From the Editor's Desk
" 'The resurrection of Christ is our hope!' (Augustine, Sermon 261). This the Church proclaims today with joy. She announces the hope that is now firm and invincible because God has raised Jesus Christ from the dead. She communicates the hope that she carries in her heart and wishes to share with all people in every place, especially where Christians suffer persecution because of their faith and their commitment to justice and peace. She invokes the hope that can call forth the courage to do good, even when it costs, especially when it costs. Today the Church sings 'the day that the Lord has made', and she summons people to joy. Today the Church calls in prayer upon Mary, Star of Hope, asking her to guide humanity towards the safe haven of salvation which is the heart of Christ, the paschal Victim, the Lamb who has 'redeemed the world', the Innocent one who has 'reconciled us sinners with the Father'." Benedict XVI, Easter Sunday 2009

Here are Five Books for Catholics's recommended readings for this Easter.

  1. Jesus of Nazareth: Holy Week: From the Entrance into Jerusalem to the Resurrection (also available for Kindle)
    by Joseph Ratzinger/Benedict XVI
  2. Lectures on the Christian Sacraments (also available for Kindle)
    by St. Cyril of Jerusalem
  3. Acts of the Apostles (Catholic Commentary on Sacred Scripture)
    (also available for Kindle)
    by William S. Kurz SJ
  4. The Art of Holy Week and Easter: Meditations on the Passion and Resurrection of Jesus (also available for Kindle)
    by Sister Wendy Beckett
  5. Easter Oratorio – Ascension Oratorio (Recording)
    by J.S. Bach: Bach Collegium Japan conducted by Masaaki Suzuki


Pope Benedict XVI's Jesus of Nazareth has been Five Books for Catholics’s top recommendation for Lent, Holy Week, and now Easter. Why? Not only to honour the recently deceased pope, but also because the first two volumes of his Jesus of Nazareth triology are a great guide to the mysteries celebrated during Lent and Easter.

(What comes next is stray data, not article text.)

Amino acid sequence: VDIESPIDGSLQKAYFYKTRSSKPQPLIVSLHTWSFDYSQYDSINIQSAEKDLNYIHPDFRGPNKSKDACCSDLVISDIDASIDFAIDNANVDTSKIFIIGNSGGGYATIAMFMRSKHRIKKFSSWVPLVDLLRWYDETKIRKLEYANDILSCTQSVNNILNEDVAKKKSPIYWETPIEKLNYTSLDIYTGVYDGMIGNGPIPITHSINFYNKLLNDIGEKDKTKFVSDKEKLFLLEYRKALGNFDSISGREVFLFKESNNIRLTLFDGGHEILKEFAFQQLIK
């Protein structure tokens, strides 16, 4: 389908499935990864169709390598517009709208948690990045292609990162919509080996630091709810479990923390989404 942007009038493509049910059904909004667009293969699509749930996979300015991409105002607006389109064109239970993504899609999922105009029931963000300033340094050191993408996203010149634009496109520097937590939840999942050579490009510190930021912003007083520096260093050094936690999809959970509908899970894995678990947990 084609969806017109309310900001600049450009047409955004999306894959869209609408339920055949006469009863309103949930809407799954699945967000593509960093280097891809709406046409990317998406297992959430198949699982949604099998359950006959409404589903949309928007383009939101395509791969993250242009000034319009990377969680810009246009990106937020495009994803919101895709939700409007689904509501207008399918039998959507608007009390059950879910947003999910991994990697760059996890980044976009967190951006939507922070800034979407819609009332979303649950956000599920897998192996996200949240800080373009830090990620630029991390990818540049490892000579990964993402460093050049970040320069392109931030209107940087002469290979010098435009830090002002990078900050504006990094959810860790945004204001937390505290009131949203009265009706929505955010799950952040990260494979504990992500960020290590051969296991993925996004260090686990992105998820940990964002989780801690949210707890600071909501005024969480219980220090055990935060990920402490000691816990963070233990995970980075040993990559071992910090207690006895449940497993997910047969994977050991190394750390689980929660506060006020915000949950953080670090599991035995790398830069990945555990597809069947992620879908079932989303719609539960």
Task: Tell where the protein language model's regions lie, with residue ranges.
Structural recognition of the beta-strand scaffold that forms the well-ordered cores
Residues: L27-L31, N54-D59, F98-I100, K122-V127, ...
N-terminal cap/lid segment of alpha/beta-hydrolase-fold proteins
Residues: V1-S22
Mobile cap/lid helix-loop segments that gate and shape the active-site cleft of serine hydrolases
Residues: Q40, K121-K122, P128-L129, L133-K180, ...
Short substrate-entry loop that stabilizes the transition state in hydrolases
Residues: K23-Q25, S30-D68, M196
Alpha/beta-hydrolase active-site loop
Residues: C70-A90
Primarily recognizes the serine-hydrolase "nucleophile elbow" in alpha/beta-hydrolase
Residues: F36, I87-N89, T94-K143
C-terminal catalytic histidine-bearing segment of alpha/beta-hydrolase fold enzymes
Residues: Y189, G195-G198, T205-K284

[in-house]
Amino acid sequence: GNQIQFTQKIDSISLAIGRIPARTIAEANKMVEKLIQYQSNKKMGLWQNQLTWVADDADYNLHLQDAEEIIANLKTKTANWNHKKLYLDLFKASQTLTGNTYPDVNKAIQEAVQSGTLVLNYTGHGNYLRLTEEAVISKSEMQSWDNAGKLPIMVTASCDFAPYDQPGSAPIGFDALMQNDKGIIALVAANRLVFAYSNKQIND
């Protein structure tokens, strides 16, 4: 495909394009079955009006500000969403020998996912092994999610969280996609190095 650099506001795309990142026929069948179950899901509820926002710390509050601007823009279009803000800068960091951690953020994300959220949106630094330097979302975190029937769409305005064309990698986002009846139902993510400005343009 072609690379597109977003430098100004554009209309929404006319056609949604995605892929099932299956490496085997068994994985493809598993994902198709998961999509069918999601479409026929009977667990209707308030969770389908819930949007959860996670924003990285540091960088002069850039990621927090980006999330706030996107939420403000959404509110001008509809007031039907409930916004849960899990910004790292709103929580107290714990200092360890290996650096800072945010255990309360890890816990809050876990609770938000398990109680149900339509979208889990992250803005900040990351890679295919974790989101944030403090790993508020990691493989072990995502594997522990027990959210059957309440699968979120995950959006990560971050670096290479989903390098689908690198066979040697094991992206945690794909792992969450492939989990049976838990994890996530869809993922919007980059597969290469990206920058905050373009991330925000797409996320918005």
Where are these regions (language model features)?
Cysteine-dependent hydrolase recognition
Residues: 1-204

In Chapter Nine and the Epilogue of the second volume, he focuses on the Resurrection and the Ascension of the Lord. He explains the relevant passages of the New Testament and addresses several of the modern objections to the historicity of the Resurrection.

"The Christian faith stands or falls with the truth of the testimony that Christ is risen from the dead."
Benedict XVI, Jesus of Nazareth, vol. 2


In the early Church, the bishop would impart a new set of catecheses to those who had received Baptism during the Easter Vigil and had just been implanted (neophytes) into the Body of Christ. Now that they had been baptised, they were ready to be introduced to the mysteries or sacraments. Hence, this stage of catechesis was called mystagogy. It focussed on explaining the significance of the baptismal rites and confirmation, and teaching the neophytes about the Eucharist.

What appears to be bread is not bread—even if this is suggested by taste—but it is the body of Christ, and that which appeas to be wine is not wine—even if this is suggested by taste—but it is the blood of Christ.
St. Cyril of Jerusalem, Mystagogical Catechesis 4, 9

One of the most notable examples that we have from the period are the five mystagogical catecheses delivered in the late fourth century by the bishop of Jerusalem, either St. Cyril or his successor, St. John II. They deal respectively with the pre-baptismal rites, the baptismal rites, confirmation, the Blessed Sacrament, and the Mass. They are an important source for our knowledge of the liturgy of the period and the golden age of Patristic catechesis.